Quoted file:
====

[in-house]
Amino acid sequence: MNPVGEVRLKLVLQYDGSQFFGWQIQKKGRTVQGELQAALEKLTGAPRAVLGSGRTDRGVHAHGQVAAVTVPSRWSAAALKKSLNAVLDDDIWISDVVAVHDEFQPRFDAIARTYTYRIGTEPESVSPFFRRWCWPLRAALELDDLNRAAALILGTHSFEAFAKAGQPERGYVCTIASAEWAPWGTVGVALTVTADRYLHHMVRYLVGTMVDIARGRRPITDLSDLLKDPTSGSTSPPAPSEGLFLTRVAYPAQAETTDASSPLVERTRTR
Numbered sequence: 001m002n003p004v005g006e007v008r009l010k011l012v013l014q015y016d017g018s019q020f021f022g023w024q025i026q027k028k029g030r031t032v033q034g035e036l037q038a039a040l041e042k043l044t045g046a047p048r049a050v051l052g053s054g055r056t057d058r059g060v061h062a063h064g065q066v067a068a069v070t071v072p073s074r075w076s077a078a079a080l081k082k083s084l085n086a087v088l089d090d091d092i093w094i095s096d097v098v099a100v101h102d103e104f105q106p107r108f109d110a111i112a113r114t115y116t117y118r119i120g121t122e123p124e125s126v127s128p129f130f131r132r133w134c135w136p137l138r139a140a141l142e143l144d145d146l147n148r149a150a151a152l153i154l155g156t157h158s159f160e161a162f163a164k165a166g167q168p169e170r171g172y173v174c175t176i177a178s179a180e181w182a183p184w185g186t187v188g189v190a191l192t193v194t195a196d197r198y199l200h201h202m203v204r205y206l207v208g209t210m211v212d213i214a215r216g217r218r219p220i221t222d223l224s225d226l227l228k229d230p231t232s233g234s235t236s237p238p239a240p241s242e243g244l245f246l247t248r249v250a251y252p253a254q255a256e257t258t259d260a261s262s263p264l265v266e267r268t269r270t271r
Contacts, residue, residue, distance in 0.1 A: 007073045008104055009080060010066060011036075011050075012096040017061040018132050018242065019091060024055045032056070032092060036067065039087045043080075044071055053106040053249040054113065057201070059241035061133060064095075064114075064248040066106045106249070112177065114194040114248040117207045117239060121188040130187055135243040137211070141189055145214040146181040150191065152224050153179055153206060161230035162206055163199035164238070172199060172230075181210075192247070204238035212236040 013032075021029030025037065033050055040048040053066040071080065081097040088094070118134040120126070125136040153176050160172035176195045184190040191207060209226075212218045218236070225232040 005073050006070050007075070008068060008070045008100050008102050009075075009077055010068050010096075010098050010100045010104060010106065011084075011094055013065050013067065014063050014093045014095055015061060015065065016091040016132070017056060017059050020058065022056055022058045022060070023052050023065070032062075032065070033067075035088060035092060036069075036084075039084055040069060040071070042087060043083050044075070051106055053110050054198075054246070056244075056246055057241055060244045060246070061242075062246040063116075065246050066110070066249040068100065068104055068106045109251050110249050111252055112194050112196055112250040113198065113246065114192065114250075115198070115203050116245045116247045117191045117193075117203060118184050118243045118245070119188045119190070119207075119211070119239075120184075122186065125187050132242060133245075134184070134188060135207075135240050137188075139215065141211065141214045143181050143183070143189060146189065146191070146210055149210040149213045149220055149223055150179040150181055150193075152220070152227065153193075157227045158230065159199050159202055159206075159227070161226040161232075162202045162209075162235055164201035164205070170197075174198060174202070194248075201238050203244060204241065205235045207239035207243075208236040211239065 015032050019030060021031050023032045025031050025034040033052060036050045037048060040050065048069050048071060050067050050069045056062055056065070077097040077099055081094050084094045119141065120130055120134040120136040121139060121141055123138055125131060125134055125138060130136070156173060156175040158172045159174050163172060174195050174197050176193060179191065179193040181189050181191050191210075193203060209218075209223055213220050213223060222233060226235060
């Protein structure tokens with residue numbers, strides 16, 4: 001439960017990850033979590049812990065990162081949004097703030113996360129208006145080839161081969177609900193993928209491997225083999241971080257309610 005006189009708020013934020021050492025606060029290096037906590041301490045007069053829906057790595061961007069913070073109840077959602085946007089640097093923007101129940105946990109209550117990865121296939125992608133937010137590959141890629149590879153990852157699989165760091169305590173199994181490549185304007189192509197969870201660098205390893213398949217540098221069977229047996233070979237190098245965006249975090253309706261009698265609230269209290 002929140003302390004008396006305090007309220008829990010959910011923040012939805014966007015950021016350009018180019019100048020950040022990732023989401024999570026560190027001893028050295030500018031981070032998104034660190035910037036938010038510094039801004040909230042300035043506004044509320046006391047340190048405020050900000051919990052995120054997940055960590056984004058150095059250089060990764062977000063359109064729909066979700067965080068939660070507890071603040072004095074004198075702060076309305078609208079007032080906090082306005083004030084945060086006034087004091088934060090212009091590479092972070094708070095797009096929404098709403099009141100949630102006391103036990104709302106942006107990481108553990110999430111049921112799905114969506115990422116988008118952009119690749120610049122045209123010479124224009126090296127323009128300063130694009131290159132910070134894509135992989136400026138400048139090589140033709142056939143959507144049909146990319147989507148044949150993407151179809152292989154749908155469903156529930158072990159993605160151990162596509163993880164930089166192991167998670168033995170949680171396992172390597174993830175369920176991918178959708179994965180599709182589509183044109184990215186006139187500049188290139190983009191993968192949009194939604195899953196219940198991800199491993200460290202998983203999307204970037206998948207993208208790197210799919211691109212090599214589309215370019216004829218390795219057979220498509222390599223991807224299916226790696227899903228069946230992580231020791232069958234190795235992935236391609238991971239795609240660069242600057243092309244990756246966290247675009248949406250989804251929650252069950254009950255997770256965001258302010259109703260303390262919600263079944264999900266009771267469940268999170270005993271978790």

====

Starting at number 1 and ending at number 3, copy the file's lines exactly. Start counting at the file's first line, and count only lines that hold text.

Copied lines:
[in-house]
Amino acid sequence: MNPVGEVRLKLVLQYDGSQFFGWQIQKKGRTVQGELQAALEKLTGAPRAVLGSGRTDRGVHAHGQVAAVTVPSRWSAAALKKSLNAVLDDDIWISDVVAVHDEFQPRFDAIARTYTYRIGTEPESVSPFFRRWCWPLRAALELDDLNRAAALILGTHSFEAFAKAGQPERGYVCTIASAEWAPWGTVGVALTVTADRYLHHMVRYLVGTMVDIARGRRPITDLSDLLKDPTSGSTSPPAPSEGLFLTRVAYPAQAETTDASSPLVERTRTR
Numbered sequence: 001m002n003p004v005g006e007v008r009l010k011l012v013l014q015y016d017g018s019q020f021f022g023w024q025i026q027k028k029g030r031t032v033q034g035e036l037q038a039a040l041e042k043l044t045g046a047p048r049a050v051l052g053s054g055r056t057d058r059g060v061h062a063h064g065q066v067a068a069v070t071v072p073s074r075w076s077a078a079a080l081k082k083s084l085n086a087v088l089d090d091d092i093w094i095s096d097v098v099a100v101h102d103e104f105q106p107r108f109d110a111i112a113r114t115y116t117y118r119i120g121t122e123p124e125s126v127s128p129f130f131r132r133w134c135w136p137l138r139a140a141l142e143l144d145d146l147n148r149a150a151a152l153i154l155g156t157h158s159f160e161a162f163a164k165a166g167q168p169e170r171g172y173v174c175t176i177a178s179a180e181w182a183p184w185g186t187v188g189v190a191l192t193v194t195a196d197r198y199l200h201h202m203v204r205y206l207v208g209t210m211v212d213i214a215r216g217r218r219p220i221t222d223l224s225d226l227l228k229d230p231t232s233g234s235t236s237p238p239a240p241s242e243g244l245f246l247t248r249v250a251y252p253a254q255a256e257t258t259d260a261s262s263p264l265v266e267r268t269r270t271r